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Krebs: US should be 'cautious' about escalating cyber war with Russia

Former Cybersecurity and Infrastructure Security Agency (CISA) chief Christopher Krebs in an interview on Sunday poured cold water on lawmakers' calls for retaliation in response to a cyber intrusion at numerous government agencies believed to be carried out by Russia.

Speaking with CNN's Jake TapperJacob (Jake) Paul TapperEx-Trump press secretary criticized for stirring up QAnon on Twitter Maryland GOP governor says he would have voted to convict Trump Democratic senator defends decision not to call witnesses: 'They weren't going to get more Republican votes' MORE on "State of the Union," Krebs said that lawmakers such as Sen. Mitt RomneyWillard (Mitt) Mitt RomneyTrump at CPAC foments 2022 GOP primary wars Democrats scramble to rescue minimum wage hike Media circles wagons for conspiracy theorist Neera Tanden MORE (R-Utah,) who called for "a cyber response of like magnitude or greater" earlier on the program, should be "cautious." 

“I’d be very careful with escalating this," Krebs responded.

"We need a conversation among like-minded countries" about what are acceptable forms of cyber espionage, the former U.S. cybersecurity chief added.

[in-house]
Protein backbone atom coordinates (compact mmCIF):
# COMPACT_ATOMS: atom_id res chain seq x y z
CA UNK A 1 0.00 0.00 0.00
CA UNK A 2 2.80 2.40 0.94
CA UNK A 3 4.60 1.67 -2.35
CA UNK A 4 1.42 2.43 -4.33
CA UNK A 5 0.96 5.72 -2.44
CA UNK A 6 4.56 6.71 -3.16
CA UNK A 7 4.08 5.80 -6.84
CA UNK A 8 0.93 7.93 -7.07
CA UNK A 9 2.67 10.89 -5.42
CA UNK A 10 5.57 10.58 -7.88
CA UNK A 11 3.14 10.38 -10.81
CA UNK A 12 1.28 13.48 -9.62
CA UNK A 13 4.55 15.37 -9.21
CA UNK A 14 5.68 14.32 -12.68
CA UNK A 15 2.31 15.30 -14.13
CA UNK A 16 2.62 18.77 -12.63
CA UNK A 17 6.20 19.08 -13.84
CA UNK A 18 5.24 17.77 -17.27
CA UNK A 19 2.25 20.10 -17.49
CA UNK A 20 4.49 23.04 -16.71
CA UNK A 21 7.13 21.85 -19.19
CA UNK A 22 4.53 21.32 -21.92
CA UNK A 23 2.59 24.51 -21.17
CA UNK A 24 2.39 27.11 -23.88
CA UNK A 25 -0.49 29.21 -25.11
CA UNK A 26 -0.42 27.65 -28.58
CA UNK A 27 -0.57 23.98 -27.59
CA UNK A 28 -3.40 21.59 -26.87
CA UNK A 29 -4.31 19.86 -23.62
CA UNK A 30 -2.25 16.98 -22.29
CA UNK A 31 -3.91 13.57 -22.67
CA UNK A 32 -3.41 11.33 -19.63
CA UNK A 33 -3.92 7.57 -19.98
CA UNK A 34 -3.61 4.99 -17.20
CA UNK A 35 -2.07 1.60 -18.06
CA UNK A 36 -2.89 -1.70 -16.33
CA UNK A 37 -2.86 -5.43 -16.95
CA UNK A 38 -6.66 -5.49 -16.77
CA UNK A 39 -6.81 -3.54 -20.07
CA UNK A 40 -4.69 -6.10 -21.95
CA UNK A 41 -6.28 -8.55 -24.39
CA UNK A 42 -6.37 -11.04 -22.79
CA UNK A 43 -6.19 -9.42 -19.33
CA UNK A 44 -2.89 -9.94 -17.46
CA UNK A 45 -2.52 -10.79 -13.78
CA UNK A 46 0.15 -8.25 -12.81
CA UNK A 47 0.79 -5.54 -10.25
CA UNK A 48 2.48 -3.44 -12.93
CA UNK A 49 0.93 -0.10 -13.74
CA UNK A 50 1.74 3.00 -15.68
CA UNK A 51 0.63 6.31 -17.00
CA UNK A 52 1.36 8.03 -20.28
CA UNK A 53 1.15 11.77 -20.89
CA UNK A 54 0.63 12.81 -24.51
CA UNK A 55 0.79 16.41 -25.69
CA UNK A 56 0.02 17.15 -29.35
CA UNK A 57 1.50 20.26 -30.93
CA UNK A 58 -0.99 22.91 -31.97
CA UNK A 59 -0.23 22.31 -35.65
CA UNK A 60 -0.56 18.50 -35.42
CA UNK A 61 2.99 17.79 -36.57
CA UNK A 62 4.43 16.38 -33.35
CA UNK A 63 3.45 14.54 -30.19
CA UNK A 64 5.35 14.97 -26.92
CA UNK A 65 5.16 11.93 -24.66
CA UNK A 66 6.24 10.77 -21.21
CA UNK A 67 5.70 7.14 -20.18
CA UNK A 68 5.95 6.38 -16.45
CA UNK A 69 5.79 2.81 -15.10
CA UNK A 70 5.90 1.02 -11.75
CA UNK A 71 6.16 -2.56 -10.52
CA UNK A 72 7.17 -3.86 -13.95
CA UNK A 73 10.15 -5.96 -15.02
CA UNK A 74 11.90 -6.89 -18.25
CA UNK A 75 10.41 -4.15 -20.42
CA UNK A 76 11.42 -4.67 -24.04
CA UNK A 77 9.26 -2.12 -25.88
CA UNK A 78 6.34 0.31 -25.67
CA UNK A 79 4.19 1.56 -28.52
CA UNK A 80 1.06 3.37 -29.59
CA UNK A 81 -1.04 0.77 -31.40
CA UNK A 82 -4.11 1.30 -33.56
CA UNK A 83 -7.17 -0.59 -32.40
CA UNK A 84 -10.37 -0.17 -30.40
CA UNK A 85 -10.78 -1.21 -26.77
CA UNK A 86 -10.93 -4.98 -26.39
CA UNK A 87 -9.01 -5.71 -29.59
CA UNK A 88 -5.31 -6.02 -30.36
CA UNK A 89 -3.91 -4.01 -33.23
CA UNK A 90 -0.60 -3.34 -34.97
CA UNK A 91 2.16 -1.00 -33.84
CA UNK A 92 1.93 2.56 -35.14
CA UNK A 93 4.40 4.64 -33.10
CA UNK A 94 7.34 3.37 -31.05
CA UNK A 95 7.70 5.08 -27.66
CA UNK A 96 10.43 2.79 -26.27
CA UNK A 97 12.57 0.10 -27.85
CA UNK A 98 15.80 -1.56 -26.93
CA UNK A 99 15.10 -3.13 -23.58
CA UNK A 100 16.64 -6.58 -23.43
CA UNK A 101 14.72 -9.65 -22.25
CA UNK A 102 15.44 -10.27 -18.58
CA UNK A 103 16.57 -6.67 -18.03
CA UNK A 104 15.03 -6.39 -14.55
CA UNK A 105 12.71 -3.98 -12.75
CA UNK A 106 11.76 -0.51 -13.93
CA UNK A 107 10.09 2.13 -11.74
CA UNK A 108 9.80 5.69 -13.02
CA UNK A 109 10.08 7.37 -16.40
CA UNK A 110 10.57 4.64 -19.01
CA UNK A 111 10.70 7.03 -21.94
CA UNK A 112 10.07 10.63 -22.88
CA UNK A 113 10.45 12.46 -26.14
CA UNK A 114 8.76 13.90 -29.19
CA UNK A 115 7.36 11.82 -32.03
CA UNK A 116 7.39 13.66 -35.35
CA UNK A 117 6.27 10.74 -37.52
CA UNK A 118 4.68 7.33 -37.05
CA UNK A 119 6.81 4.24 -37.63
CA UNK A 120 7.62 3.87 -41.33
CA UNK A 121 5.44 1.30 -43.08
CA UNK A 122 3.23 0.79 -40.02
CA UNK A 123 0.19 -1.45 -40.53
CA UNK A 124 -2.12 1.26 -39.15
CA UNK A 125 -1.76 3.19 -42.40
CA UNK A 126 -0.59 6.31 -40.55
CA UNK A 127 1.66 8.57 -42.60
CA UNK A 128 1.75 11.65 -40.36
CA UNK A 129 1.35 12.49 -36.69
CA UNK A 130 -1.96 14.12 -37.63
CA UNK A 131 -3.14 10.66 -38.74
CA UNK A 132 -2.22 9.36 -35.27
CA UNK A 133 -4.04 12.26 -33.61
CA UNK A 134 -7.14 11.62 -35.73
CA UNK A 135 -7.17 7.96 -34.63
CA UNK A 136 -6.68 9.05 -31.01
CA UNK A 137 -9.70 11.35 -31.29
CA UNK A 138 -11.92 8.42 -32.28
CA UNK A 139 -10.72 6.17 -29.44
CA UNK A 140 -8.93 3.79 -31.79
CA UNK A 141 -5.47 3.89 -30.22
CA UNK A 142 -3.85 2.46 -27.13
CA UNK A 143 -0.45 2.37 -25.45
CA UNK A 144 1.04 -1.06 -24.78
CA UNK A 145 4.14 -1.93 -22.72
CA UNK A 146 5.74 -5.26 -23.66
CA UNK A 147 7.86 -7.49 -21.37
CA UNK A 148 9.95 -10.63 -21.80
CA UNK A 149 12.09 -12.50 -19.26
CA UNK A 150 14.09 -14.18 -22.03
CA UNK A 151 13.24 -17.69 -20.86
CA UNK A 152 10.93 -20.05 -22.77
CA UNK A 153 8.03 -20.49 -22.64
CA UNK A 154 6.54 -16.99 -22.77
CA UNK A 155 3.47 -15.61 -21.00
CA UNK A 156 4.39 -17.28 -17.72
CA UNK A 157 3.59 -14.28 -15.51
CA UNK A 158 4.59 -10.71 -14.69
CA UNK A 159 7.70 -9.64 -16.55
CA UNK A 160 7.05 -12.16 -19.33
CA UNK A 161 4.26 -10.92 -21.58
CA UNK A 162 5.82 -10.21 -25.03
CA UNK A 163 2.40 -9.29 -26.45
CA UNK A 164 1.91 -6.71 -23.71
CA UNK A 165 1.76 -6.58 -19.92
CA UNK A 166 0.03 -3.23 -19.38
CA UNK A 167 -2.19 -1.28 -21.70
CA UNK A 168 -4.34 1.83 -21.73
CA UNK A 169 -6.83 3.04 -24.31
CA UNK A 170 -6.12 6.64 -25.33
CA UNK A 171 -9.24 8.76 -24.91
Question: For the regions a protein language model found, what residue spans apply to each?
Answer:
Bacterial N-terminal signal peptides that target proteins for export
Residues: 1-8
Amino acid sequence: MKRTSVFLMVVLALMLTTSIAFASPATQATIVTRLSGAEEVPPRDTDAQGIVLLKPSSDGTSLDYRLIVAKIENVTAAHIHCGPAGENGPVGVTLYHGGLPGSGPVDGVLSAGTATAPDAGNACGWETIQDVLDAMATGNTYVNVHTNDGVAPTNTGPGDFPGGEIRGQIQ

Krebs was also asked during the interview about tweets on Saturday from President TrumpDonald TrumpBiden to hold virtual bilateral meeting with Mexican president More than 300 charged in connection to Capitol riot Trump Jr.: There are 'plenty' of GOP incumbents who should be challenged MORE, who contradicted top U.S. officials and suggested China's involvement in both the cyberattack as well as unfounded allegations of intrusions into U.S. voting systems.

“It’s Russia," Krebs responded on Sunday, before adding of Russia's intelligence service, the SVR: "They are exceptionally good at it.”

The hack was possible, he added, because outdated systems are still being used across government agencies that have not upgraded their capabilities in years and were not "optimized" to be defended easily.

Krebs was fired last month by the president after the former CISA leader declared that the 2020 election had been free of foreign influence and the most secure in U.S. history, contradicting the president's own evidence-free claims of widespread voter fraud and corruption.

The president has remained largely focused on his so far unsuccessful efforts to overturn his election defeat, and has only commented a handful of times on other issues in recent days.